Knowing your rights can help in not only avoiding false or unfair charges,
but can also help you avoid the inconvenience associated with the delays
caused by aggressive police questioning and other tactics.
- Always be polite with officers, but do not feel obligated to provide additional
information beyond confirming your driver’s license, registration
and insurance information.
- You never are required to answer questions asked of you by police regarding
your recent travels, or whether or not you have consumed alcohol or drugs.
- You are never required to participate in field sobriety tests such as allowing
the officer to “track” your eyes, stand on one foot, recite
the alphabet, etc.
- You are never required to consent to any searches of your person, belongings,
- You do not lose your right to refuse to consent to a search even if the
police threaten you with a dog search or to make you wait on a warrant.
- If arrested for DUI you have a right to refuse to consent to blood, urine,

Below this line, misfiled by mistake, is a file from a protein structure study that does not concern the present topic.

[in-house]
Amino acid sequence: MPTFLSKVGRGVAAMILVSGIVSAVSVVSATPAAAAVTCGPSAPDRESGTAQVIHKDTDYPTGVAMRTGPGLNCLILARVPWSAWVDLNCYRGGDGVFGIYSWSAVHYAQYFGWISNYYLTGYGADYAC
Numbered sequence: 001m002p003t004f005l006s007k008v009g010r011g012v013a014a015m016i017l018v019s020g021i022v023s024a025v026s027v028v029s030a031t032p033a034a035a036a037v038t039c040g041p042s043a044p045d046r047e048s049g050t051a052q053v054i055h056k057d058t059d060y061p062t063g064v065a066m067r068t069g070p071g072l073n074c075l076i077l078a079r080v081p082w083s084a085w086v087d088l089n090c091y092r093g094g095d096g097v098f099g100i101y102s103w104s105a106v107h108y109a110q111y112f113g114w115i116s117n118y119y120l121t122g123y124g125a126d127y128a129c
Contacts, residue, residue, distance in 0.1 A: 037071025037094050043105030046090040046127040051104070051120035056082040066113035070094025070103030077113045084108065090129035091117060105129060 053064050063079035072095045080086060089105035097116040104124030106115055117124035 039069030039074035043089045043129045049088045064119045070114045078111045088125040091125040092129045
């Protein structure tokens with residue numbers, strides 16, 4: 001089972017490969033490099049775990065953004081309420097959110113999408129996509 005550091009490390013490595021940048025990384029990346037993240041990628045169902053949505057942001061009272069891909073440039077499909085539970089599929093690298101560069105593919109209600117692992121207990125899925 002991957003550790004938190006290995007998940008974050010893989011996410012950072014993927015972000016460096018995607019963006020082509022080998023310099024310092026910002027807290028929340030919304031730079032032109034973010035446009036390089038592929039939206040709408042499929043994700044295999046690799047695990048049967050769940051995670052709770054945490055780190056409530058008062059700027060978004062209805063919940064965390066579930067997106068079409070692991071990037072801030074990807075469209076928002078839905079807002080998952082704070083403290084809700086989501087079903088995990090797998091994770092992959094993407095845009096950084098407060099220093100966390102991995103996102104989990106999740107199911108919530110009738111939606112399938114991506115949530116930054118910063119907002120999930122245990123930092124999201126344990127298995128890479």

or breath test procedures.
- If asked to step outside of your vehicle you should do so, but you also
have a right to lock the doors upon your exit.
- You are allowed to ask an officer if you are free to leave. If the officer
says yes then you have a right to do so. If the officer says no then you
have a right to remain silent until you can consult with an attorney.
- If you receive any type of traffic ticket or criminal charge in South Carolina
you are entitled to a jury trial, pre-trial discovery, and to have a lawyer
represent you in all legal proceedings. This includes everything from
$25 seatbelt tickets through murder charges.
If you decline any search and the police conduct it anyway, do not physically
resist. You will have a right to challenge the legality of the police
action later on in court. Often times, the patrol car will automatically
videotape the stop, so there will be proof of what actually occurred later
on. This can be helpful in establishing a defense to any tickets or charges
you may receive.